This is part one in a three part blog series exploring World Concern’s microcredit program in Haiti. Consider this a little ‘behind the scenes’ look at how your generosity is used to provide real opportunities for Haitian small business owners. The aim of this series is to provide you with a deeper understanding of how microcredit actually works in this context. I will share about our history with microcredit in Haiti, describe the model we use to implement this program, and introduce you to some special people along the way. I hope you will be encouraged and learn something new! Please keep visiting the World Concern blog in the coming days for part two and three.
Economist Muhammad Yunus, the ‘father’ of microcredit, is quoted as saying, “But we have created a society that does not allow opportunities for those people to take care of themselves because we have denied them those opportunities.”
One thing I have seen even in my short time in Haiti thus far is that people want to take care of themselves. If you ask someone what they hope for their future a common response is, “I want to earn an income so that I can provide for my family and live a better life.” I have heard this both in Port-au-Prince and in the countryside.
The idea that the poor are content with waiting around for the next handout is inaccurate. Although I do not hear this specific word used in discussions with Haitians, the generally vibe is that people just want an opportunity. A fair shot. A lack of opportunity is a particularly harsh form of poverty because it acts as a trap.
Microcredit is one development tool that aims to offer an equitable solution to this injustice. What is microcredit? According to the Virtual Library on Microcredit, the definition of microcredit (adopted at the 1997 Microcredit Summit) says microcredit programs “extend small loans to very poor people for self-employment projects that generate income, allowing them to care for themselves and their families.”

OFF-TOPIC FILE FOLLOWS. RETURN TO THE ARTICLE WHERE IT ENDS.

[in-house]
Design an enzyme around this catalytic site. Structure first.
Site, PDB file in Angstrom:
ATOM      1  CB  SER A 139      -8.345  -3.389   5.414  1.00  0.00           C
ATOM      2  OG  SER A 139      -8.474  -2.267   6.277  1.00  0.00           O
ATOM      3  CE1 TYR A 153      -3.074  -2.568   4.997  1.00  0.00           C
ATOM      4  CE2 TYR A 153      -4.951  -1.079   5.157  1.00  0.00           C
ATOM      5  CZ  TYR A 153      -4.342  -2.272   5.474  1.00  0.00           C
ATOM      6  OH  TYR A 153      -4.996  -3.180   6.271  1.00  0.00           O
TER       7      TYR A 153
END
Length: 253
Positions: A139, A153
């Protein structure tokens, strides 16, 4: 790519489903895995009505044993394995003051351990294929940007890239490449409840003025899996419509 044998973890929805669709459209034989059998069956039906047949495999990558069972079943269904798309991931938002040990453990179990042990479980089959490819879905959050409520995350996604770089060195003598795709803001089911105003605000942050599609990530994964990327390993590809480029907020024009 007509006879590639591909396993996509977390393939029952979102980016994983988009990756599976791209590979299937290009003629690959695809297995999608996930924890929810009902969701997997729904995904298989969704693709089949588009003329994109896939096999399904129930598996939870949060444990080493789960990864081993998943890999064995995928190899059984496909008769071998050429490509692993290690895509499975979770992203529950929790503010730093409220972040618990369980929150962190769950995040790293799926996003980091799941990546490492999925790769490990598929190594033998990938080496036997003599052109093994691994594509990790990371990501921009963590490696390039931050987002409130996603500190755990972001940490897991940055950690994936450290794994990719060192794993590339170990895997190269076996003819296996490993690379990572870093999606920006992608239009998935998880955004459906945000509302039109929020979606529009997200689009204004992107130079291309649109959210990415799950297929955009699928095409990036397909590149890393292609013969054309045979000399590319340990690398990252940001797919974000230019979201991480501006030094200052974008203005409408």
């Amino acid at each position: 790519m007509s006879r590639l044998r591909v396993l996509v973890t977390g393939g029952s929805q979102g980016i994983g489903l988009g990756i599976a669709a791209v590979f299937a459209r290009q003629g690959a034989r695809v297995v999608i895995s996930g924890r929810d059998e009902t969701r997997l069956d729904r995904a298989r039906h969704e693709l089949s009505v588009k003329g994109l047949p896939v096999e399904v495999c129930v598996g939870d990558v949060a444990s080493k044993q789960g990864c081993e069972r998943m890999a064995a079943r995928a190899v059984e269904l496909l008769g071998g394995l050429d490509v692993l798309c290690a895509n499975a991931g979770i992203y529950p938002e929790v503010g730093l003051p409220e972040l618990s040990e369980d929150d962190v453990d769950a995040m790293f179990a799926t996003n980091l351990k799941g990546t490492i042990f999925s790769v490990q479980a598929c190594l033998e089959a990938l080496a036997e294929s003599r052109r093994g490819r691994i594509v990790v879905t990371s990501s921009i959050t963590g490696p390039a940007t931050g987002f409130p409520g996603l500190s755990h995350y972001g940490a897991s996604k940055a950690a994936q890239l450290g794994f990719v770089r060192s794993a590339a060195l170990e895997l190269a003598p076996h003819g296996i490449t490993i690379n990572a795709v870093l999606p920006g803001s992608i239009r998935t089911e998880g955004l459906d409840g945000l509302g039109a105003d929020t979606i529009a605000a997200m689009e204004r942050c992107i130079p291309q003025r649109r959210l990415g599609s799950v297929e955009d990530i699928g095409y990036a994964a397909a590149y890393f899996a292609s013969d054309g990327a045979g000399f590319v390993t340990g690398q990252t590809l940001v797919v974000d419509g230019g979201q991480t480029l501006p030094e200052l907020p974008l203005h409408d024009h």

Here in Haiti, World Concern has been using microcredit to help people care for themselves since 1990. Over the past 23 years our microcredit program has experienced lots of growth. Currently a local staff of 31 serves 5,000 clients in five Departments across the country.
“Our goal is to see clients work with us and then become independent. They are independent when they can come to us and explain their situation and show how their business has grown. They also need to show that they can work with the stock of merchandise they have,” explains Vilbert Douilly, World Concern’s microcredit Director in Haiti.
Bellia is one microcredit client that is working on building her business. Since 1997 Bellia has been selling clothing and accessories at the market in Saint Louis du Nord in North West Haiti. She said, “I use the loans to buy more products and grow my business.”
With the income Bellia earns she is able to provide for her family. She has two children who are both in school. Bellia proudly shared about another important purchase she recently made. “I was able to buy land. I want to build a house on it so I don’t have to pay high rent.”
There are many other vendors at the market in Saint Louis du Nord, some who are also selling clothing and accessories. When asked how she has stayed competitive over the years she said, “With my wisdom. I smile and offer a good price.” With a smile like this, how can she go wrong?
In Haiti, World Concern’s microcredit clients are primarily women, like Bellia. Why is this? Mr. Douilly explains that “Women often care more about their activity. When they come and take a loan they want to pay it back more than men.”
Also, women are generally more likely to be engaged in a small income generating activity. If you were to visit a market in Haiti, you would see that the majority of vendors are women.
Bellia serves an example of how microcredit can provide opportunity. She is one of 5,000 people currently being empowered through our program.
In part two of this blog series we will look at more of the ‘nuts and bolts’ of World Concern’s microcredit program in Haiti. What does the process look like? What trainings are new clients given? So stay tuned!